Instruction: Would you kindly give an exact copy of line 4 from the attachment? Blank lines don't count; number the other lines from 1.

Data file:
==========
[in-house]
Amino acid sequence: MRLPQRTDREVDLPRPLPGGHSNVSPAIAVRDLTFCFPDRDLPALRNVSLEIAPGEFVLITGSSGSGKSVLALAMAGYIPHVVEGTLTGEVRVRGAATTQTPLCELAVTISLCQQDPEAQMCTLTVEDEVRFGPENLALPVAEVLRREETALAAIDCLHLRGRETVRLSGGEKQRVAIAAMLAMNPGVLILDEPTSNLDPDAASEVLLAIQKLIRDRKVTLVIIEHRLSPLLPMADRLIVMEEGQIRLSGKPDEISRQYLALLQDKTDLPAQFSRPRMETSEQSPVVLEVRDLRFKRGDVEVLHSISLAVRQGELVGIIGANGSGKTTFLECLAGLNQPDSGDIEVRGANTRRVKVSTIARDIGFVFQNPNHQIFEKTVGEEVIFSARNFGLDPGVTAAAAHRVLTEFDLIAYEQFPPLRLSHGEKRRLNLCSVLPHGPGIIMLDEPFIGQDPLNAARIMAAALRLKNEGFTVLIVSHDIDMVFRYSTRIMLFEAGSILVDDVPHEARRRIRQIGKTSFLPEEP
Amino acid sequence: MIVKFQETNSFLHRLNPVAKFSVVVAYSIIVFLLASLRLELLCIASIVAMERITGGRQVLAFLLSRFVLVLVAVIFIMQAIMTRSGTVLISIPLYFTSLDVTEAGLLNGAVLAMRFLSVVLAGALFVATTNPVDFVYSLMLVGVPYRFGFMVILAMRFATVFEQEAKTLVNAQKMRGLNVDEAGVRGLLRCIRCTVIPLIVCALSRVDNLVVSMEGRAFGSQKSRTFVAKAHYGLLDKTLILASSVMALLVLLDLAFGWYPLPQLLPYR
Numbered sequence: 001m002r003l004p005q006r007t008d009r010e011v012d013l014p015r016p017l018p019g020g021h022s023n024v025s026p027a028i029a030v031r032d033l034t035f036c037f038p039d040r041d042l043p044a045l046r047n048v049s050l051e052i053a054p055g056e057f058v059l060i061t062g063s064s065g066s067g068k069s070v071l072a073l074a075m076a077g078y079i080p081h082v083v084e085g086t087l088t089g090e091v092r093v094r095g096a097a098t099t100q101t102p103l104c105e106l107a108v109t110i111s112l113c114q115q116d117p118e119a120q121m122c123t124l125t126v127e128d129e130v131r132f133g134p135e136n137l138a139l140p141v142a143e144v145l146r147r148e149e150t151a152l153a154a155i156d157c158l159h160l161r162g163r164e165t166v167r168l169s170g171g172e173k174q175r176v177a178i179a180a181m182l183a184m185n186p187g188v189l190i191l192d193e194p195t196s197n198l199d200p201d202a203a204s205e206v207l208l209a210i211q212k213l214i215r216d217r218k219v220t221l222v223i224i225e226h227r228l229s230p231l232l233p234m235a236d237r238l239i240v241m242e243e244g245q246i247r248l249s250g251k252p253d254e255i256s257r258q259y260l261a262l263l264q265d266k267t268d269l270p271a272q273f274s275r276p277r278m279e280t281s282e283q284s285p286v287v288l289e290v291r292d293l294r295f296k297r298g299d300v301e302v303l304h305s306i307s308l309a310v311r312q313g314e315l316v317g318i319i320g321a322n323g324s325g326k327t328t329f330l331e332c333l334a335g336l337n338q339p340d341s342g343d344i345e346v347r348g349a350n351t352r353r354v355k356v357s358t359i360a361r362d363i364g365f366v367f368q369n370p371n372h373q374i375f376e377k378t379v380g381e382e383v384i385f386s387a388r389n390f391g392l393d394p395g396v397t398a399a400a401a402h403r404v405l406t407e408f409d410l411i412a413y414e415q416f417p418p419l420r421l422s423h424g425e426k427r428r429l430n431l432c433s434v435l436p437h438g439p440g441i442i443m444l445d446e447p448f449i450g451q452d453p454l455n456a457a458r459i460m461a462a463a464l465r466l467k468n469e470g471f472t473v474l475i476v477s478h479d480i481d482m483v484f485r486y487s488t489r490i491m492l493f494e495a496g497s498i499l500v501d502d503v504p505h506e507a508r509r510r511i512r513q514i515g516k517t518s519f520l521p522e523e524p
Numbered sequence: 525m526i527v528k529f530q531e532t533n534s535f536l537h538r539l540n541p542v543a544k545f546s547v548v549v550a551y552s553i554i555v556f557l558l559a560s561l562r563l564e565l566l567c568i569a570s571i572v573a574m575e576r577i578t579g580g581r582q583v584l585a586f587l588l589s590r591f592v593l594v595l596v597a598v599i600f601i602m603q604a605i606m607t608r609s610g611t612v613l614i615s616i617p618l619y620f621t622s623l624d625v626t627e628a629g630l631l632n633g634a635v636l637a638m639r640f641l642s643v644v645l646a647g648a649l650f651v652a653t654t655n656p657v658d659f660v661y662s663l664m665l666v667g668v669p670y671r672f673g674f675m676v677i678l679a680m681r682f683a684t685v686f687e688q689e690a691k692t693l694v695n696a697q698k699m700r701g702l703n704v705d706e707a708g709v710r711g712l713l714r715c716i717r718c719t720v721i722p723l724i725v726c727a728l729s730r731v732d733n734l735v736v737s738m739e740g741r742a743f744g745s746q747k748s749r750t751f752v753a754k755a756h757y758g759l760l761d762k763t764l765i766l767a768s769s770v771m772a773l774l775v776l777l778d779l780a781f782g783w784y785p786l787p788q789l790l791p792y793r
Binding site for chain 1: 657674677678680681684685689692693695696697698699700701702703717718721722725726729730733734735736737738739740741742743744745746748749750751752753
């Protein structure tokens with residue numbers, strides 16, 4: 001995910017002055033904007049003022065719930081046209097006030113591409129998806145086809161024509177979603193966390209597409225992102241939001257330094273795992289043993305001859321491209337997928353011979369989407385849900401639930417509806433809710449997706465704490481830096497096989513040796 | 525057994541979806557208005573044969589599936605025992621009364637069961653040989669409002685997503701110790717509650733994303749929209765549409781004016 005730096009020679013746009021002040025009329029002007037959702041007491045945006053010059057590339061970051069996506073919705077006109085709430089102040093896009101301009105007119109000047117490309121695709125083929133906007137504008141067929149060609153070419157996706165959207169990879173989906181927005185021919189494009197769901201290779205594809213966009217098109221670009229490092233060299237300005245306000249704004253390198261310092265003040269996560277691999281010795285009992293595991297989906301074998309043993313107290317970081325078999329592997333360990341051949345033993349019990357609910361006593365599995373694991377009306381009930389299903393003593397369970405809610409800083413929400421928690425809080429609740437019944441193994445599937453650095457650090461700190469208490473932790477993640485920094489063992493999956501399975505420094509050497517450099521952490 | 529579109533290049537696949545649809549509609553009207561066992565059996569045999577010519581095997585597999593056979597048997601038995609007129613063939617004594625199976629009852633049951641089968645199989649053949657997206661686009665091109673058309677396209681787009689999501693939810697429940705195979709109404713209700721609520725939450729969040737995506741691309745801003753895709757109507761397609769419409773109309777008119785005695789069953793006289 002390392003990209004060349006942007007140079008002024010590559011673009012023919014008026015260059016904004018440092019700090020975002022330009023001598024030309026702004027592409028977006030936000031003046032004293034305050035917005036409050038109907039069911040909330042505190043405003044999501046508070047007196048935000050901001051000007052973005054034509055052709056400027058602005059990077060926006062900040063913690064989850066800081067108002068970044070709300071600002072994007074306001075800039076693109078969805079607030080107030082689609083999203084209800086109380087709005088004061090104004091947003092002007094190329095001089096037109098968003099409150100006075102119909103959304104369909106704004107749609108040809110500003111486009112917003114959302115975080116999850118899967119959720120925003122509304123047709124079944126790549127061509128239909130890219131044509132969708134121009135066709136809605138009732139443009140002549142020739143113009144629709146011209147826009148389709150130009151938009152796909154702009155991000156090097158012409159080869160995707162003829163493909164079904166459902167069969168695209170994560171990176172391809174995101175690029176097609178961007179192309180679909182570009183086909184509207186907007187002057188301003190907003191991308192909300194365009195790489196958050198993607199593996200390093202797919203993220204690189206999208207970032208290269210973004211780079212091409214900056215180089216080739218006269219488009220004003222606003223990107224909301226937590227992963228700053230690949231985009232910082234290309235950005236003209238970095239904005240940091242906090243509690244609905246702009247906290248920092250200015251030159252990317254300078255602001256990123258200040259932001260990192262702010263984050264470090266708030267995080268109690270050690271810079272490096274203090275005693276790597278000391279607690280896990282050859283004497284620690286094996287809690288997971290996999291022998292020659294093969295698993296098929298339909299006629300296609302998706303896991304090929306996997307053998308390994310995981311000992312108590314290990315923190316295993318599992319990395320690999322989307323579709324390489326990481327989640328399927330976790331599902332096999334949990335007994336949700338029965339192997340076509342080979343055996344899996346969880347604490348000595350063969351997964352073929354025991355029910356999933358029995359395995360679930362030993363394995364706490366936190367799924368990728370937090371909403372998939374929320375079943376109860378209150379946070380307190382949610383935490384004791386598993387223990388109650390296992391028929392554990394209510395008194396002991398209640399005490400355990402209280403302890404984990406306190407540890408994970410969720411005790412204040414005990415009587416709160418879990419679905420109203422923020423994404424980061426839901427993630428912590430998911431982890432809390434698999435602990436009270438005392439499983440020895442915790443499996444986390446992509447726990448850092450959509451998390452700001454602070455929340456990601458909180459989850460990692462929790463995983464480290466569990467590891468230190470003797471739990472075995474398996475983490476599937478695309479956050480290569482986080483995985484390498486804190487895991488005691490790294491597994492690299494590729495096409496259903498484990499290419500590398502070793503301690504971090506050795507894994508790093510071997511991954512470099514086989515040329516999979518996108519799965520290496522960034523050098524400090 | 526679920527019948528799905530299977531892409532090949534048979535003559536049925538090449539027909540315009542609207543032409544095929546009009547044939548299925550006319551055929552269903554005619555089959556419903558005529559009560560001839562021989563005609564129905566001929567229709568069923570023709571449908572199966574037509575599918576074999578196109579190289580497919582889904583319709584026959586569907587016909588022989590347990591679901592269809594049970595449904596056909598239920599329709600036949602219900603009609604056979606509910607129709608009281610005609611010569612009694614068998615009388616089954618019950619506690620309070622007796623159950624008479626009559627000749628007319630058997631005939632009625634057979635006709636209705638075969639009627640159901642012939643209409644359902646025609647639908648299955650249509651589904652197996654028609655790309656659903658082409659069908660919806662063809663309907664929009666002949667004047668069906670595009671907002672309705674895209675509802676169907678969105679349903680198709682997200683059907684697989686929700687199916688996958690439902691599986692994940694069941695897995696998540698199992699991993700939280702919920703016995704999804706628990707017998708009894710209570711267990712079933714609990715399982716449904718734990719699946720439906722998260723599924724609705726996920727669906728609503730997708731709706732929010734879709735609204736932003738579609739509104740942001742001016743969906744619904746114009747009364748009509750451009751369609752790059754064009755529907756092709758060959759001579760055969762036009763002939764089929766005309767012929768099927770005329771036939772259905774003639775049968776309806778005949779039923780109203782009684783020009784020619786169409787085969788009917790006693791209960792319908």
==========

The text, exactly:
Numbered sequence: 001m002r003l004p005q006r007t008d009r010e011v012d013l014p015r016p017l018p019g020g021h022s023n024v025s026p027a028i029a030v031r032d033l034t035f036c037f038p039d040r041d042l043p044a045l046r047n048v049s050l051e052i053a054p055g056e057f058v059l060i061t062g063s064s065g066s067g068k069s070v071l072a073l074a075m076a077g078y079i080p081h082v083v084e085g086t087l088t089g090e091v092r093v094r095g096a097a098t099t100q101t102p103l104c105e106l107a108v109t110i111s112l113c114q115q116d117p118e119a120q121m122c123t124l125t126v127e128d129e130v131r132f133g134p135e136n137l138a139l140p141v142a143e144v145l146r147r148e149e150t151a152l153a154a155i156d157c158l159h160l161r162g163r164e165t166v167r168l169s170g171g172e173k174q175r176v177a178i179a180a181m182l183a184m185n186p187g188v189l190i191l192d193e194p195t196s197n198l199d200p201d202a203a204s205e206v207l208l209a210i211q212k213l214i215r216d217r218k219v220t221l222v223i224i225e226h227r228l229s230p231l232l233p234m235a236d237r238l239i240v241m242e243e244g245q246i247r248l249s250g251k252p253d254e255i256s257r258q259y260l261a262l263l264q265d266k267t268d269l270p271a272q273f274s275r276p277r278m279e280t281s282e283q284s285p286v287v288l289e290v291r292d293l294r295f296k297r298g299d300v301e302v303l304h305s306i307s308l309a310v311r312q313g314e315l316v317g318i319i320g321a322n323g324s325g326k327t328t329f330l331e332c333l334a335g336l337n338q339p340d341s342g343d344i345e346v347r348g349a350n351t352r353r354v355k356v357s358t359i360a361r362d363i364g365f366v367f368q369n370p371n372h373q374i375f376e377k378t379v380g381e382e383v384i385f386s387a388r389n390f391g392l393d394p395g396v397t398a399a400a401a402h403r404v405l406t407e408f409d410l411i412a413y414e415q416f417p418p419l420r421l422s423h424g425e426k427r428r429l430n431l432c433s434v435l436p437h438g439p440g441i442i443m444l445d446e447p448f449i450g451q452d453p454l455n456a457a458r459i460m461a462a463a464l465r466l467k468n469e470g471f472t473v474l475i476v477s478h479d480i481d482m483v484f485r486y487s488t489r490i491m492l493f494e495a496g497s498i499l500v501d502d503v504p505h506e507a508r509r510r511i512r513q514i515g516k517t518s519f520l521p522e523e524p